But this year I started early and put the bulbs in a much larger pot than the one I used previously and it seems to be working. I like to think the extra soil is keeping them a bit warmer. Considering these bulbs are tropicals, maybe I should sprinkle a little sand around their base and play some steel guitar music for effect. :o)

Today I am thankful for the excitement of anticipation.


The amaryllis flowers will be pink and white.

Thursday, November 24, 2011

Thankfulness Challenge - Enough for Everyone

My family and I will be celebrating Thanksgiving on Saturday to accommodate various work and travel schedules. A homemade feast will be laid out and our stomachs filled.  According to an article I read in our local newspaper, several hundred thousand pounds of food has been donated to area food banks. On Tuesday, 45,500 lbs of free turkey was handed out at Fed Ex Field in MD. The article brought me to tears. Today I am incredibly thankful that not only do I have enough to keep my family fed but that I was able to help those with less.

Saturday, November 19, 2011

Thankfulness Challenge - The Upside Down Turkey

In addition to gardening, I love to cook and thought I'd share a recipe that I'm very thankful to have. Each year I cook Thanksgiving dinner for a large group of friends and family. It's hectic and loud and I love every minute. Cooking the turkey, believe it or not, is the easiest part. I pop it in the roasting pan for about 20 minutes, then take the pan out of the oven, turn the turkey upside down so the breast is pointing down in the roasting pan, and then stick it back in. It looks weird, but who cares! The fat from the bottom of the turkey seeps through the breast meat, ensuring the moistest turkey you've ever had. About 45 minutes before the turkey is done, I flip it back over so the skin on the top can roast to a fabulous crispy brown. It's mindlessly easy.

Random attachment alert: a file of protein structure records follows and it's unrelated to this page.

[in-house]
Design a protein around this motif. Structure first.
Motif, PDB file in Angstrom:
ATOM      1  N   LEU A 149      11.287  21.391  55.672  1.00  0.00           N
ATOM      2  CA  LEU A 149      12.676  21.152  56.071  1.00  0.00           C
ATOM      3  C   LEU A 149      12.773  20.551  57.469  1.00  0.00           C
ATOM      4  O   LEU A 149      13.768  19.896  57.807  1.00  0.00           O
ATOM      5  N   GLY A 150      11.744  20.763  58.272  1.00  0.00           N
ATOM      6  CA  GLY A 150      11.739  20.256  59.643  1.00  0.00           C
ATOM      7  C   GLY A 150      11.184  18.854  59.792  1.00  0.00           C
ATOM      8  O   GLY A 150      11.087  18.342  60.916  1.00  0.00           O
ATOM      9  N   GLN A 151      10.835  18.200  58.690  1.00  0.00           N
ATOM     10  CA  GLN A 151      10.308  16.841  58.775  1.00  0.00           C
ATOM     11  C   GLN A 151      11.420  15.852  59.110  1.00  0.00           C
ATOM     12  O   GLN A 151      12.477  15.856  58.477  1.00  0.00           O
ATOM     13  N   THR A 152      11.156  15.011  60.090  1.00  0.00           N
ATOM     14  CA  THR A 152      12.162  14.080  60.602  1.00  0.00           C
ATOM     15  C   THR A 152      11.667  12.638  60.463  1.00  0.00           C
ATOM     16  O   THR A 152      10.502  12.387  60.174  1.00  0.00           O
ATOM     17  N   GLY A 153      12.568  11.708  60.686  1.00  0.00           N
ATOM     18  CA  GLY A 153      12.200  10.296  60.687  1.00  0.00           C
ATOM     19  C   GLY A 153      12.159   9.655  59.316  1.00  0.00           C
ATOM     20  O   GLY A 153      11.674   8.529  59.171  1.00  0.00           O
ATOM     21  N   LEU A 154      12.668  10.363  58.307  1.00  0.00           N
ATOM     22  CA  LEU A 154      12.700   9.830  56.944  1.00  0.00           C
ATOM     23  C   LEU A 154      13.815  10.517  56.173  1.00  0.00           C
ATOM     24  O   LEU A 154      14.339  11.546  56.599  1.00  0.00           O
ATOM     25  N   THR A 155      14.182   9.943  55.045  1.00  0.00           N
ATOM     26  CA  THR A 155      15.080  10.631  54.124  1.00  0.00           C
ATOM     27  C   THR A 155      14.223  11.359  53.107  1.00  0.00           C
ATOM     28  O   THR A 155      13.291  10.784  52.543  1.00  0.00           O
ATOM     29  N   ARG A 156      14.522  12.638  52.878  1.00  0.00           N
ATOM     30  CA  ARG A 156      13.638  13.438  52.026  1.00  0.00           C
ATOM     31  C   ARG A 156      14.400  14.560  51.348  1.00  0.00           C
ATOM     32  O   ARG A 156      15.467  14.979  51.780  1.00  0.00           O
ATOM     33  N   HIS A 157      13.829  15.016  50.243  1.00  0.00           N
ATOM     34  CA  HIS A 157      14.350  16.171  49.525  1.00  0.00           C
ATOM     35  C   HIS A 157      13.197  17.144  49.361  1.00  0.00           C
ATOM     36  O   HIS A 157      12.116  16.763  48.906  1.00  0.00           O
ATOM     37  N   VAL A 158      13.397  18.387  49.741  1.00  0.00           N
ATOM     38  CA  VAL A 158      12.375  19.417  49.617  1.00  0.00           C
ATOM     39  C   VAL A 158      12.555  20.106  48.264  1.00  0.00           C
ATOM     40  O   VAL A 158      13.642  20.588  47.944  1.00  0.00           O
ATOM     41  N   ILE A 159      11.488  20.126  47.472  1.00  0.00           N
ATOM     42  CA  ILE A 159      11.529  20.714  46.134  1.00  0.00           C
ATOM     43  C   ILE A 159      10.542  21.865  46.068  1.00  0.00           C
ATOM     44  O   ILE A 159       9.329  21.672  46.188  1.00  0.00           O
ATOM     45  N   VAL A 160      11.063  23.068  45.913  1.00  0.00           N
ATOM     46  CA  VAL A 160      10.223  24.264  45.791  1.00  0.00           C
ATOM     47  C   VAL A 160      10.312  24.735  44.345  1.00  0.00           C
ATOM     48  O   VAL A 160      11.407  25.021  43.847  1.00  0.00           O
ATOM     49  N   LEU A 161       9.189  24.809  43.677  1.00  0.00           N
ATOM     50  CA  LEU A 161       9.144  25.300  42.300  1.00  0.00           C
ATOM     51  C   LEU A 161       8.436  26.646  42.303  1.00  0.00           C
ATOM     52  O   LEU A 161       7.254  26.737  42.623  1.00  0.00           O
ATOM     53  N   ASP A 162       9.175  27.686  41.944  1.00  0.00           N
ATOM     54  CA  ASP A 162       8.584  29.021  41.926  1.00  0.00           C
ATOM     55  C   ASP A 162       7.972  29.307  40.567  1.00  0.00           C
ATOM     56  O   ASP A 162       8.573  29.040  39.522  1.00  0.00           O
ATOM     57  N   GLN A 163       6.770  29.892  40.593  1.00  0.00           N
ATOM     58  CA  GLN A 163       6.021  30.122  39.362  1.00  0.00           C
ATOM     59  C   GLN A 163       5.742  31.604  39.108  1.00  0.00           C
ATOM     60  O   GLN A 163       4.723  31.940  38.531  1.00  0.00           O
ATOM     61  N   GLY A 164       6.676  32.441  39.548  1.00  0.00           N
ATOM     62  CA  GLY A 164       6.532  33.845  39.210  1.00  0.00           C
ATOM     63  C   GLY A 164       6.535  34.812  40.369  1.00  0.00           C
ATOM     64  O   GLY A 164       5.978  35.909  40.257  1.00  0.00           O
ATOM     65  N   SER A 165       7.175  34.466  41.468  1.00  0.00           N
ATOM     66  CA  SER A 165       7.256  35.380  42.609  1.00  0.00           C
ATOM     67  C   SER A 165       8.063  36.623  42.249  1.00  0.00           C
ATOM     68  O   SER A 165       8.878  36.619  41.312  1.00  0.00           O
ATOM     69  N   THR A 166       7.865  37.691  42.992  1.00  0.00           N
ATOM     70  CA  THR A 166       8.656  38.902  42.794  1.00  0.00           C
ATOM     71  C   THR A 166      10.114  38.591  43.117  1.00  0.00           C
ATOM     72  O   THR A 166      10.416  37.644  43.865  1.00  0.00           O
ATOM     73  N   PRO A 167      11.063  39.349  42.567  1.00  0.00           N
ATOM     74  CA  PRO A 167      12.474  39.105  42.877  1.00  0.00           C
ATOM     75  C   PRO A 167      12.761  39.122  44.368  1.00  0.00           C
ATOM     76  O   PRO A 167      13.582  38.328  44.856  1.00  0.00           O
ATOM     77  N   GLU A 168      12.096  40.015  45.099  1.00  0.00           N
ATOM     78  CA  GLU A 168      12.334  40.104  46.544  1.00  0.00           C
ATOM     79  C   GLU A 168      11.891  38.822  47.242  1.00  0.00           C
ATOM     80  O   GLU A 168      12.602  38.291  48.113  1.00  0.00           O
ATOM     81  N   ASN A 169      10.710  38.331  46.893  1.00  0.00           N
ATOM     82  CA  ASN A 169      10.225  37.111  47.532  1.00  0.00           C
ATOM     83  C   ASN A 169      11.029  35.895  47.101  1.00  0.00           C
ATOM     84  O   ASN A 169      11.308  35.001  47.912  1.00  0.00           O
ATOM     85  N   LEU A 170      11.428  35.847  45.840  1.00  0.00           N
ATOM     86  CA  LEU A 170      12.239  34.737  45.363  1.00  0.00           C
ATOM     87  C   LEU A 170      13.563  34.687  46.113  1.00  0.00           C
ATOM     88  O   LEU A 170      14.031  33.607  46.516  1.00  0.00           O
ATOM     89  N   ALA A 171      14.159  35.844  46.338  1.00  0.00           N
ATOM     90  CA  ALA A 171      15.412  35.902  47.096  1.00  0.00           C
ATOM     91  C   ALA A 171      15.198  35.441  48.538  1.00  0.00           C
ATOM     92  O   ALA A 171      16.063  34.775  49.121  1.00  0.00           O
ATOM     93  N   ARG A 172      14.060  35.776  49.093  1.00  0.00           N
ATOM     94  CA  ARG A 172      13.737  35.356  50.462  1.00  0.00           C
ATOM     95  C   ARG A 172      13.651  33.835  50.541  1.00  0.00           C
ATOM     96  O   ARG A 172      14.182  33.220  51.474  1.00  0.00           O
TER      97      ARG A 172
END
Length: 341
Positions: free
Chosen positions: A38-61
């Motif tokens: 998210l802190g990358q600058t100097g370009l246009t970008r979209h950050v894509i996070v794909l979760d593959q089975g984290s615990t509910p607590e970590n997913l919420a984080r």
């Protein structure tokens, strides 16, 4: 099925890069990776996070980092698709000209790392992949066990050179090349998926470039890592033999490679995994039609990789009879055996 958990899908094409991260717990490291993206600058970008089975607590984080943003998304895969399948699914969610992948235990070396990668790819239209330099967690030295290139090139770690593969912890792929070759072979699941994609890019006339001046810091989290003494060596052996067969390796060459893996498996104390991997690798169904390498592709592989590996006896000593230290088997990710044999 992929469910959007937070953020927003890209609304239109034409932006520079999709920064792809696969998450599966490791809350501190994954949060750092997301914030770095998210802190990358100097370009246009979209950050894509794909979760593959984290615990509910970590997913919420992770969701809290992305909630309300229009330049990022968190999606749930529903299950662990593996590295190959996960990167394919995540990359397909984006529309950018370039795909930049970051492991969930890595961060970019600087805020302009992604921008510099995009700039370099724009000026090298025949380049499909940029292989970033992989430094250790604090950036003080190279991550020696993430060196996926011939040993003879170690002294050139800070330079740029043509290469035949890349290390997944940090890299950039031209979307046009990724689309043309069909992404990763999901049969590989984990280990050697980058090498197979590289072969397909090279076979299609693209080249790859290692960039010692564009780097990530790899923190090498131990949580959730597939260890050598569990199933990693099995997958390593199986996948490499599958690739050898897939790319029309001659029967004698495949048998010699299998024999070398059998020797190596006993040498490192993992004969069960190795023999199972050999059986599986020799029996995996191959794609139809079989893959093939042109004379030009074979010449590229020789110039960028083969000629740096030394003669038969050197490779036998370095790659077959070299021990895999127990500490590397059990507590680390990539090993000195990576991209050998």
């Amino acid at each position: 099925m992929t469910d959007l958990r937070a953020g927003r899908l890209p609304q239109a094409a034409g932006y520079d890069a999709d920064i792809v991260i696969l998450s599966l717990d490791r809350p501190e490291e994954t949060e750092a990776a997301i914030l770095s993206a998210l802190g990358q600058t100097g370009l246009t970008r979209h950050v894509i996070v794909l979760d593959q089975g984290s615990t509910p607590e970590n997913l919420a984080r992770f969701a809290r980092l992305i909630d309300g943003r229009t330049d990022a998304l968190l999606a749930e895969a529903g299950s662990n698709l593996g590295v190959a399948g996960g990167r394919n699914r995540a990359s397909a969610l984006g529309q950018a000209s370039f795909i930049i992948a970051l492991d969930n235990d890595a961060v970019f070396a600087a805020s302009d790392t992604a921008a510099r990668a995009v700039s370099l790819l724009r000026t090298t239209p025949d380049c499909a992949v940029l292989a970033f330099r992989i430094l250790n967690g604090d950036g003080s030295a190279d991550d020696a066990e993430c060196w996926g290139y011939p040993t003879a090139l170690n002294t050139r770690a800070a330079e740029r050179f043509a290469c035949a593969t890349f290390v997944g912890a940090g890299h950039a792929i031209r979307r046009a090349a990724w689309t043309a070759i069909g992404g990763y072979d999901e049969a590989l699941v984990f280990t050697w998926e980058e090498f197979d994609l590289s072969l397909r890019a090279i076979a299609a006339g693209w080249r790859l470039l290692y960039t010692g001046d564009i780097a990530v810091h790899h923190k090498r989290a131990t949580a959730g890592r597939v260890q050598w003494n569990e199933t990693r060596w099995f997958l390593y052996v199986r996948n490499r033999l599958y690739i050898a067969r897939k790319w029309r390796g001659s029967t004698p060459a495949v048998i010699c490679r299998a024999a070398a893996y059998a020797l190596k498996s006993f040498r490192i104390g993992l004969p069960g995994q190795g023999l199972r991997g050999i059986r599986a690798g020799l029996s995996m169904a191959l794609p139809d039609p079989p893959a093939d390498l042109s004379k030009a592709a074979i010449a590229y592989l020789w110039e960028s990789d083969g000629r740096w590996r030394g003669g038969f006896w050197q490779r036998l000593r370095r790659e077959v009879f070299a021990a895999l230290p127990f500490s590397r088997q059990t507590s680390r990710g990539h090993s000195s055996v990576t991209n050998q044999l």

Here are the specifics:

1.    I start with an organic free range turkey that I've brushed with melted butter and sprinkled with salt   and pepper. I stuff the cavity with carrots and onions. I pour about a cup of water into the roasting pan and pop it into the oven breast side up at 400 F for about 20 minutes.

2.   Take the roasting pan out of the oven and use turkey liers to flip it over. These look like giant forks. I stick one in each side of the turkey near the wings and give the bird a big heave. I brush the bottom of the bird, which is now pointing up while the breast points down, with melted butter and salt and pepper, and then stick it back in the oven. I turn the temp down to 325 F.

3.    About 45 minutes before the turkey is done, take the roasting pan out of the oven again and flip the bird over so that's it's breast side up. Baste the top of the turkey with pan juices and stick it back in the oven. How long the turkey cooks depends on how big it is. This guide is really helpful.
Timetables for Turkey Roasting (325 °F oven temperature)

3.   There are a lot of interesting ways people determine if their turkey is done or not, but the jiggle-this or wiggle-that techniques aren't always reliable. But a meat thermometer is! When the breast reaches 170 and the dark meat reaches 180, the bird is done. You can take it out when the temps are about 2 degrees lower because the meat will continue to cook as the bird sits. Let it rest for about 20 minutes before you carve it. You can buy a meat thermometer at the grocery store.

4.   If you use this method, let me know!! It's easy and always works! Just don't drop the turkey. :o)


These are the turkey lifters and roasting pan I use. I bought them from Williams Sonoma. The picture above is from Williams Sonoma, too.

Friday, November 18, 2011

Thankfulness Challenge - Mick Said it Best

You can't always get what you want
But if you try sometimes you just might find
You just might find
You get what you need, ah yes...

The Rolling Stones